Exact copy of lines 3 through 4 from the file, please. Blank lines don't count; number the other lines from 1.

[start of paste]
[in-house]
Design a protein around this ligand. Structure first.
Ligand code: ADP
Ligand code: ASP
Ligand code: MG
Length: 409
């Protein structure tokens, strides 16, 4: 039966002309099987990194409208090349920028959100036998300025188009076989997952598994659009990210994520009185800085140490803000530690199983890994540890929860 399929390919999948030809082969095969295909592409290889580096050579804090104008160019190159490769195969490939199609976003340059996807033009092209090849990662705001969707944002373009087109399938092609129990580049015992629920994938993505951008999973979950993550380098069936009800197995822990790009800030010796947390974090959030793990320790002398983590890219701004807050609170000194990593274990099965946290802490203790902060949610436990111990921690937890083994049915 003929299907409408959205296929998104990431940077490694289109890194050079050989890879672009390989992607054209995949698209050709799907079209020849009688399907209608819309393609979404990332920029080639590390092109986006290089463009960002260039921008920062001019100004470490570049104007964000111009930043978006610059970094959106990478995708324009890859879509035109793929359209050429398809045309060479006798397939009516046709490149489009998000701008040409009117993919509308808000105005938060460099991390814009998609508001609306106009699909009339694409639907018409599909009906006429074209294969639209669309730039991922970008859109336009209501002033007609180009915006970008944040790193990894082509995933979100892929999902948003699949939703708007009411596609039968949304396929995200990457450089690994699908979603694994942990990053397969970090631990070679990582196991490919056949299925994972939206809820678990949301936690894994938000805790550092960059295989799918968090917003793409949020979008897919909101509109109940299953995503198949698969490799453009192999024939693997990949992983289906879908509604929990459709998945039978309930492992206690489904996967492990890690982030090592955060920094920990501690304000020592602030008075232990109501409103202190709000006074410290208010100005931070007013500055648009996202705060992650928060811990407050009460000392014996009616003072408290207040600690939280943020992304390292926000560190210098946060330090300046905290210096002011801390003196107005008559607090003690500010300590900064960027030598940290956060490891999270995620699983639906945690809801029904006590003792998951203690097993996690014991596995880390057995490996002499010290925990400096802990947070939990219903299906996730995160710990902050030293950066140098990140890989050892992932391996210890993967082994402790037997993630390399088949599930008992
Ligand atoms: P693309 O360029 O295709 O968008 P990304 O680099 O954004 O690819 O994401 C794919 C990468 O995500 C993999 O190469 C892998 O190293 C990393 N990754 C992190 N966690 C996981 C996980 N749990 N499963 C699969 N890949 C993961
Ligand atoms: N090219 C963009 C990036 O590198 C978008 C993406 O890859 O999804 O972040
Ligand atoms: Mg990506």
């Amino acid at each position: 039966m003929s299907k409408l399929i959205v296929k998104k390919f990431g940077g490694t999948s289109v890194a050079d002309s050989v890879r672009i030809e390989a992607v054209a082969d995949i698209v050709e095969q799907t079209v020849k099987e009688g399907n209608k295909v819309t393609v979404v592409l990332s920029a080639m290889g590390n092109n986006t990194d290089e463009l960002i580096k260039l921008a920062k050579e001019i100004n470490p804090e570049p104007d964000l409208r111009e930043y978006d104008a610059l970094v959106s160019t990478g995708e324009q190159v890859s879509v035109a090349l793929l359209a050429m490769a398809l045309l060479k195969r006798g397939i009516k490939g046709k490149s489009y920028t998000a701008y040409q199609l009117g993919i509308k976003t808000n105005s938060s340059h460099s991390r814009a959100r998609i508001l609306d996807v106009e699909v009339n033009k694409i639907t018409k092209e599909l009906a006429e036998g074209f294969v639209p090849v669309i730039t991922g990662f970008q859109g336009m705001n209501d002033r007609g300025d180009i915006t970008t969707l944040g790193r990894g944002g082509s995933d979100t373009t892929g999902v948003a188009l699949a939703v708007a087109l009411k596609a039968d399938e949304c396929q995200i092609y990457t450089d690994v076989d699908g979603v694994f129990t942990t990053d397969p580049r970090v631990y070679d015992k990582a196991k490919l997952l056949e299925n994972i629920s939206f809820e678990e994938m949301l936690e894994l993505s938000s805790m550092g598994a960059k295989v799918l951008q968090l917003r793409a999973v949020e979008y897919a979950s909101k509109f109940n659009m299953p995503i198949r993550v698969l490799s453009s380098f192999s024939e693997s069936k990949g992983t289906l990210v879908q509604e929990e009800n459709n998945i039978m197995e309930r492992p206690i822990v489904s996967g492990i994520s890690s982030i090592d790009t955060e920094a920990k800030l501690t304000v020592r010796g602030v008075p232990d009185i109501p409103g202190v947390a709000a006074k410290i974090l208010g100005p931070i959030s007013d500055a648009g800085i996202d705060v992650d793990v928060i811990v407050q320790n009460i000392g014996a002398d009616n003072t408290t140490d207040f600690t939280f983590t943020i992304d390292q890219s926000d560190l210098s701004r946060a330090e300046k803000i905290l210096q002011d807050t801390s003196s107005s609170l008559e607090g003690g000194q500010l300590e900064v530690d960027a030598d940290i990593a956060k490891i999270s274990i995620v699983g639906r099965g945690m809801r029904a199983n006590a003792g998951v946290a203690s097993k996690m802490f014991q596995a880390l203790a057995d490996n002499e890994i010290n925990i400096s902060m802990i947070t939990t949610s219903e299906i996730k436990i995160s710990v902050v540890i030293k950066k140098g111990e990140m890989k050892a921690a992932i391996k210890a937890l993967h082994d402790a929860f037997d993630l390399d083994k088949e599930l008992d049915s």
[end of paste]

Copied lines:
Ligand code: ADP
Ligand code: ASP